The Rise, Fall and Rise of Gary Numan
Celebrities move us with their talents and wow us with their cool personas, so it's easy to forget that they're just like the rest of us. You might say but with more money, and largely, you'd be right. But Gary Numan, best known for his 1979 futuristic smash hit "Cars," is here to remind you that's not always the case.
Numan has recently given the public access behind a touring musician's curtain by sharing the trials and tribulations of his managing his finances in a series called "The Money Diaries" by the investment service Wealth Simple. In short, he's bad at it. Really bad.
The story begins with a blunt proclamation. "I tell you, man, I've been absolutely shit with money my entire life. My entire life. Me and my wife, Gemma, even now, we're useless. We're like children. Absolute children," he says. "And I've always been like that. I've never been particularly good with being sensible — you know, putting a little bit to one side, living within your means."
In 1979, still living with his parents in the U.K., 21-year-old Numan had hit it big. He already had two No. 1 albums, Replicas and The Pleasure Principle, at home, as well as two No. 1 singles, "Are 'Friends' Electric?" and "Cars," but he was already bleeding money, too. This was despite releasing albums at a clip of almost an album a year for the next decade, many of which performed well.
The money was certainly flowing in, and his dad, who he still considered "the head of the family," was managing his finances — just until they found someone better equipped. That didn't happen, arguably, until 2010, when Numan took over his own management. His uncle estimated he earned £6 million in his first two years in the music business.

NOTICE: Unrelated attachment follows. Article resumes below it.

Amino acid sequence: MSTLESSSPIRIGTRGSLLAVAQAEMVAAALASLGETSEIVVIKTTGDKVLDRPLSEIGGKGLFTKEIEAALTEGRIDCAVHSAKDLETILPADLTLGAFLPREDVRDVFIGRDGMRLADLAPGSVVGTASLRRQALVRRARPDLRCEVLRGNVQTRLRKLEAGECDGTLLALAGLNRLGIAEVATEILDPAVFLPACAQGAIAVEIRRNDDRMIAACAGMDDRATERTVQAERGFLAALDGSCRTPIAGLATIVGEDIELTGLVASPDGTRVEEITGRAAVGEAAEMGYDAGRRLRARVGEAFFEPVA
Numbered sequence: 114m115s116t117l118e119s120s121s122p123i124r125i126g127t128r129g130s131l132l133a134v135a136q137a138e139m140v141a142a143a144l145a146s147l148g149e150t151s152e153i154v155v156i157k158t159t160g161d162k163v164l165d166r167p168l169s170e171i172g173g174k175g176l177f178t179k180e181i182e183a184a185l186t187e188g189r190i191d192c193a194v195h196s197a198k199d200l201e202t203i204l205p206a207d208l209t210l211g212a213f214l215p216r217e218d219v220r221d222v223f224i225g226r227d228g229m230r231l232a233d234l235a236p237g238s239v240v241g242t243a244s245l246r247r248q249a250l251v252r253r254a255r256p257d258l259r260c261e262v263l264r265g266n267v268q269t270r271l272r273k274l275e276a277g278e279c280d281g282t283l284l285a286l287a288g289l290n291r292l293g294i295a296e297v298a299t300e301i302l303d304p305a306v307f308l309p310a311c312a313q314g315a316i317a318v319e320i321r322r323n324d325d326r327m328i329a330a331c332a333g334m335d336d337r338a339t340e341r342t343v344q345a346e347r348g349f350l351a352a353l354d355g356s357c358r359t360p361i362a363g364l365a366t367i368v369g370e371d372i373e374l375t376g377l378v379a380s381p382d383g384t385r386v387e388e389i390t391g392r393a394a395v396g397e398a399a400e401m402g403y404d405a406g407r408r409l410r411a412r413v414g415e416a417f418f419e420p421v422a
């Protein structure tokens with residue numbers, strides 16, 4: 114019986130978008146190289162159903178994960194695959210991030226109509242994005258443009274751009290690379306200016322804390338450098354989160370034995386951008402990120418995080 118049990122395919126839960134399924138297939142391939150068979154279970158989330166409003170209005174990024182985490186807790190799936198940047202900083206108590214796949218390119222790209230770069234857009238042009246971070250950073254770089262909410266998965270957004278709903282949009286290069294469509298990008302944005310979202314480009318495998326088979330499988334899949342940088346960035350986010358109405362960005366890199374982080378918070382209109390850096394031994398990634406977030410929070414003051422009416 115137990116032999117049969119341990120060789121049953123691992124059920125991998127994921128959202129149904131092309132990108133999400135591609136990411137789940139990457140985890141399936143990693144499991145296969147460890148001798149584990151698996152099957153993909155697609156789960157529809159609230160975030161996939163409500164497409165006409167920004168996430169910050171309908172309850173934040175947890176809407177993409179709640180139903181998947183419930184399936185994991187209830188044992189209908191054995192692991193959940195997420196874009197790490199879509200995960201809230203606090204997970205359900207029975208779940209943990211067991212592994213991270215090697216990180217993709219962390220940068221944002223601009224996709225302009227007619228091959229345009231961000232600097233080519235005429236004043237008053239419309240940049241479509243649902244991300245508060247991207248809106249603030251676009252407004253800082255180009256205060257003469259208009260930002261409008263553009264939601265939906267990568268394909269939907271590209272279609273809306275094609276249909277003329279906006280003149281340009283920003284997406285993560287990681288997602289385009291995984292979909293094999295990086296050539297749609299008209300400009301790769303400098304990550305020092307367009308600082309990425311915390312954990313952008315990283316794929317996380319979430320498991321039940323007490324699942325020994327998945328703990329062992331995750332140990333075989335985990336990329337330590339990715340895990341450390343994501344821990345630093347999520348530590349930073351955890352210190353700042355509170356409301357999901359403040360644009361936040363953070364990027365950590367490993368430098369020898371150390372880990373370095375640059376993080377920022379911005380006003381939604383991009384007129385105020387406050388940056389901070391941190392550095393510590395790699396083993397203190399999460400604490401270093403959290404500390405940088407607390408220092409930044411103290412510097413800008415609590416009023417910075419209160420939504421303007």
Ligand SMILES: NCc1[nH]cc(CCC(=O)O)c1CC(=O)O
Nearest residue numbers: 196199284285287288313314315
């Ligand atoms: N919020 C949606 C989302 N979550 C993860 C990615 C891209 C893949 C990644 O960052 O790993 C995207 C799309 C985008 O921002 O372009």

But it wasn't long before it was gone. Reinvesting in your business is usually advisable, but Numan was doing it without restraint. He was pouring all his earnings into a huge-scale tours with light shows and custom equipment. "There were no lights available in the world that did what I wanted these things to do, so we designed and made our own. I said to the guy that I wanted the set to look like a skyscraper city, where the buildings themselves would glow, because it was all part of these science fiction stories that I'd been writing," he says.
Tours were selling out, but his coffers were emptying out. His dad warned him against the expense, but he didn't care — he thought he was investing in his future but he didn't begin to pull in a profit on touring until more than 15 years later.
Of course, he was spending money on other luxuries as well. "Travelling, Concorde, first class, and all that. And I bought a lot of shit — like I say, I'm not very good with these sorts of things. Houses. Ferraris. Aeroplanes. I had three aeroplanes at one point at the same time — that's pretty stupid. I mean, it was great, but it’s ridiculous," he says.
It took nearly a decade for things to catch up with Numan, prompting some change although he admits that to this day "Overall I don't think I've learned a great deal at all about money. I'm still pretty rubbish." It was actually his then-girlfriend, now-wife, Gemma, who kept him going after they first met, buying him groceries. "She walked into this person that was absolutely broke, whose career was completely at a standstill, in a terrible state, virtually no money coming in," he says. "I had no record contract, it looked very unlikely that I'd ever get one, tours were still losing money, and the attendance was becoming embarrassing."